“Sometimes I feel like I’m counting crackers”: The household foodwork of low-income mothers, and how community food initiatives can support them
Keywords:community food initiatives, foodwork, household food security, gender, labour, unpaid caring work
For women parenting on low incomes, there is a significant disparity between household foodwork standards and the resources with which to meet them. This study centres on the everyday foodwork experiences of low-income mothers and their engagement with community supports such as community food initiatives (CFIs). It helps address a research gap concerning the relationship between CFI participation and maternal household foodwork. The study employs multiple methods including semi-structured interviews, graphic elicitation and tours of local community food programs. By identifying a range of factors, strategies, and challenges in mothers’ foodwork, the study elucidates some of the contradictory pressures that low-income mothers experience around foodwork. Some of these pressures are associated with meeting individualizing standards around being "good" mothers, "good" consumers and "good" food program participants. Efforts to meet these standards were seen through mothers’ attempts to feed their children healthy and preferred food, exercise agency through market choices, and moderate their demands of community food programs. While more research is required regarding both mothers’ actual participation in CFIs and CFI strategies to support them, the findings suggest that CFIs should incorporate low-income mothers’ subjectivities into food programming.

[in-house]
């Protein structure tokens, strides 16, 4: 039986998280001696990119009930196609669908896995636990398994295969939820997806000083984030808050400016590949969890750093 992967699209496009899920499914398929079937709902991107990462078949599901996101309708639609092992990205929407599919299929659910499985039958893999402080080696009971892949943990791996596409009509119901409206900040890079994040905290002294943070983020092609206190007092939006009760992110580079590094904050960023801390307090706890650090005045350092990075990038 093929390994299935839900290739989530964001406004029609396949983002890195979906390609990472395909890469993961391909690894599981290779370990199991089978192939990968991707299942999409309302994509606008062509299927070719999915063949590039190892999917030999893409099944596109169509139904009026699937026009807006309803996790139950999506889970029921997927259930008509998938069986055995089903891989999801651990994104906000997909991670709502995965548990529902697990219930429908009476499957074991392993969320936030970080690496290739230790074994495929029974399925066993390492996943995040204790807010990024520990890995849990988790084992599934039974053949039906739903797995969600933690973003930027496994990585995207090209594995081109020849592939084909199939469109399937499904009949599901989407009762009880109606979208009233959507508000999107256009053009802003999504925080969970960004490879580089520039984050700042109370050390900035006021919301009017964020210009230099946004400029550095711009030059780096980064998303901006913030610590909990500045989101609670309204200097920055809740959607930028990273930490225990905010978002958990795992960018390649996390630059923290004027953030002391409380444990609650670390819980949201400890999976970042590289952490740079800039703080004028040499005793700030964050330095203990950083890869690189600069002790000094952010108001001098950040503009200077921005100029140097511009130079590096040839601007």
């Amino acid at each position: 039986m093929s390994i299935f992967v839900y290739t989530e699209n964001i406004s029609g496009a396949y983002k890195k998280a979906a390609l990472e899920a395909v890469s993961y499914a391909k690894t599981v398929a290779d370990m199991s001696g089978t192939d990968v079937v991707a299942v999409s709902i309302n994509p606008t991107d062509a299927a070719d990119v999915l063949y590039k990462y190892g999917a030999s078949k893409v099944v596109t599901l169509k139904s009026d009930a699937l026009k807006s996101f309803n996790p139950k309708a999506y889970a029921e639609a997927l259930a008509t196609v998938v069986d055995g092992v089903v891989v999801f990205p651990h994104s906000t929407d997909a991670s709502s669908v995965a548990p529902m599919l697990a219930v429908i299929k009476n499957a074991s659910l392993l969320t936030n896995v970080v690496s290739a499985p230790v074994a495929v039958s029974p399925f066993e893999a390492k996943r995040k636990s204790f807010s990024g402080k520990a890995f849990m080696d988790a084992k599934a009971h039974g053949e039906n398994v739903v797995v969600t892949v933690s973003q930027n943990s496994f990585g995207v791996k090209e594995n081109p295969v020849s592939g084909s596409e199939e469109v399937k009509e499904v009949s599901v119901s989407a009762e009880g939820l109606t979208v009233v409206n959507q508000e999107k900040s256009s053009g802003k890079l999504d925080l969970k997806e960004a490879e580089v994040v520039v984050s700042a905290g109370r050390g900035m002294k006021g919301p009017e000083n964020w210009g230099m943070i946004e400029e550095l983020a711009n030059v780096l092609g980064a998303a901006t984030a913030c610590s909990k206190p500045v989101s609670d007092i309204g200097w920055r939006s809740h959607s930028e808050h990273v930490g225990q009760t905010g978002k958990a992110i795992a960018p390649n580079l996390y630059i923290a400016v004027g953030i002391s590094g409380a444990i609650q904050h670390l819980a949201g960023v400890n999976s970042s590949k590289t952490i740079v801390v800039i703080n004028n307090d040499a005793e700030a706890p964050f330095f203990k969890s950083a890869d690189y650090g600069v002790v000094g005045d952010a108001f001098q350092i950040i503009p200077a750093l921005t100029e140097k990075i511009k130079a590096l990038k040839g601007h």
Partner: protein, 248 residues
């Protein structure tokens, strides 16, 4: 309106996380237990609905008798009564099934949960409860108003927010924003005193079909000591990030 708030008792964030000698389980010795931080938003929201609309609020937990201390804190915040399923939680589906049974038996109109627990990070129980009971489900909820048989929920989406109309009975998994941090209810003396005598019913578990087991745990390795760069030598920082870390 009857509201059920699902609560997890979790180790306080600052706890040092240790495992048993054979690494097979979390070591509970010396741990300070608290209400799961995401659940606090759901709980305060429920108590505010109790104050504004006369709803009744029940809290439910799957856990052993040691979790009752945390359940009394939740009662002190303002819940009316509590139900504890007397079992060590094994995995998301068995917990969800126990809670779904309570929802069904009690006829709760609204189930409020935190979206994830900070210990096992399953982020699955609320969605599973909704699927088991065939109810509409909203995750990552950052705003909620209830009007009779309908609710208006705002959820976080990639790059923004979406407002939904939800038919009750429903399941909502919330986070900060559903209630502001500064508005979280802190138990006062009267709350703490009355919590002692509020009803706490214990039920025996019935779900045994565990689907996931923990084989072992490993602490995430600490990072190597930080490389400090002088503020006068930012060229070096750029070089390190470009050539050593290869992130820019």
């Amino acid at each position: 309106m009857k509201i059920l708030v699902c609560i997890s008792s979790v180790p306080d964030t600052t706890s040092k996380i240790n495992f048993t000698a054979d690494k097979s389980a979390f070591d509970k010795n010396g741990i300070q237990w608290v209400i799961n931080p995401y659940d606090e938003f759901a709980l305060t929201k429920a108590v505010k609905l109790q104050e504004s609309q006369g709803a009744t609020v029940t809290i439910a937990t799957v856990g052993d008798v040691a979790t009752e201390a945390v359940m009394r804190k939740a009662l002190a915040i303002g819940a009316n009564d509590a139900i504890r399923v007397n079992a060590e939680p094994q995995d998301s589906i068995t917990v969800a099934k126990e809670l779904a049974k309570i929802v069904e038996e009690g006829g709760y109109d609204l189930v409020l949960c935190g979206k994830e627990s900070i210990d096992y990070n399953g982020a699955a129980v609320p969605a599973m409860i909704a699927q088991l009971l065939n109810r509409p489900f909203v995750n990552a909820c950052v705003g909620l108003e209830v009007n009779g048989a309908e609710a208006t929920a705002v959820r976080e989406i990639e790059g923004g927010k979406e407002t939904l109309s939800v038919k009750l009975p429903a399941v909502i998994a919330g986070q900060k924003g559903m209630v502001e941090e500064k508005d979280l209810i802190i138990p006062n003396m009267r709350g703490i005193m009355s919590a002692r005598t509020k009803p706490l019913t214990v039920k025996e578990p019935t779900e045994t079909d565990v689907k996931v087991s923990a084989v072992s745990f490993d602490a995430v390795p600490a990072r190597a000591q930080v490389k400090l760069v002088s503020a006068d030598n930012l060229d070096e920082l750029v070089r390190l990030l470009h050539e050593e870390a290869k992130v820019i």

How to Cite
Authors who publish with this journal agree to the following terms: Authors retain copyright and grant the journal right of first publication with the work simultaneously licensed under a Creative Commons Attribution (CC BY 4.0) License that allows others to share the work with an acknowledgement of the work's authorship and initial publication in this journal. Authors are able to enter into separate, additional contractual arrangements for the non-exclusive distribution of the journal's published version of the work (e.g., post it to an institutional repository or publish it in a book), with an acknowledgement of its initial publication in this journal. Authors are permitted and encouraged to post their work online (e.g., in institutional repositories or on their website) prior to and during the submission process, as it can lead to productive exchanges, as well as earlier and greater citation of published work. (See more on Open Access.)